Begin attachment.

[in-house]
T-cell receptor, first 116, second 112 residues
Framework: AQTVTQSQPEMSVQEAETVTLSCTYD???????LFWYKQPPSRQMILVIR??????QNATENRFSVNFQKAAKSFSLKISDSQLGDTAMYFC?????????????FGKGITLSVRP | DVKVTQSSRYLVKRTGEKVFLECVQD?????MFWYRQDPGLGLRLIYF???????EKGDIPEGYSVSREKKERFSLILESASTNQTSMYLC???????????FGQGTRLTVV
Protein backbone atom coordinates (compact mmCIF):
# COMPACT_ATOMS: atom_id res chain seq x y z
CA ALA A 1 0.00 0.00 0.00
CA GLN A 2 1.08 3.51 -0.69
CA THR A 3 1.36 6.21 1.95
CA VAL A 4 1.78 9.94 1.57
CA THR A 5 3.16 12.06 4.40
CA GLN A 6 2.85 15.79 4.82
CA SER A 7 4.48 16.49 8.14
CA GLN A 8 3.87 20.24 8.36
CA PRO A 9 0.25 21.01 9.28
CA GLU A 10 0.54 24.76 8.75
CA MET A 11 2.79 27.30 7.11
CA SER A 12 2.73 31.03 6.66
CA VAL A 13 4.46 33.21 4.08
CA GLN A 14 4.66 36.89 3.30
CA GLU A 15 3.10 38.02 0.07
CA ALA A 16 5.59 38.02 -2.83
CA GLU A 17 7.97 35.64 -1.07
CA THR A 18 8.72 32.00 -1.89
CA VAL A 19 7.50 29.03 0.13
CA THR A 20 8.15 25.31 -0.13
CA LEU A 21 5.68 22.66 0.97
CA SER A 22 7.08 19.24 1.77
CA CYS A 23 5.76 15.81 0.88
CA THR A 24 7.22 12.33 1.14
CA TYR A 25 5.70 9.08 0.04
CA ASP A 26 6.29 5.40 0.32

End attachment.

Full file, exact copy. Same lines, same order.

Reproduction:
[in-house]
T-cell receptor, first 116, second 112 residues
Framework: AQTVTQSQPEMSVQEAETVTLSCTYD???????LFWYKQPPSRQMILVIR??????QNATENRFSVNFQKAAKSFSLKISDSQLGDTAMYFC?????????????FGKGITLSVRP | DVKVTQSSRYLVKRTGEKVFLECVQD?????MFWYRQDPGLGLRLIYF???????EKGDIPEGYSVSREKKERFSLILESASTNQTSMYLC???????????FGQGTRLTVV
Protein backbone atom coordinates (compact mmCIF):
# COMPACT_ATOMS: atom_id res chain seq x y z
CA ALA A 1 0.00 0.00 0.00
CA GLN A 2 1.08 3.51 -0.69
CA THR A 3 1.36 6.21 1.95
CA VAL A 4 1.78 9.94 1.57
CA THR A 5 3.16 12.06 4.40
CA GLN A 6 2.85 15.79 4.82
CA SER A 7 4.48 16.49 8.14
CA GLN A 8 3.87 20.24 8.36
CA PRO A 9 0.25 21.01 9.28
CA GLU A 10 0.54 24.76 8.75
CA MET A 11 2.79 27.30 7.11
CA SER A 12 2.73 31.03 6.66
CA VAL A 13 4.46 33.21 4.08
CA GLN A 14 4.66 36.89 3.30
CA GLU A 15 3.10 38.02 0.07
CA ALA A 16 5.59 38.02 -2.83
CA GLU A 17 7.97 35.64 -1.07
CA THR A 18 8.72 32.00 -1.89
CA VAL A 19 7.50 29.03 0.13
CA THR A 20 8.15 25.31 -0.13
CA LEU A 21 5.68 22.66 0.97
CA SER A 22 7.08 19.24 1.77
CA CYS A 23 5.76 15.81 0.88
CA THR A 24 7.22 12.33 1.14
CA TYR A 25 5.70 9.08 0.04
CA ASP A 26 6.29 5.40 0.32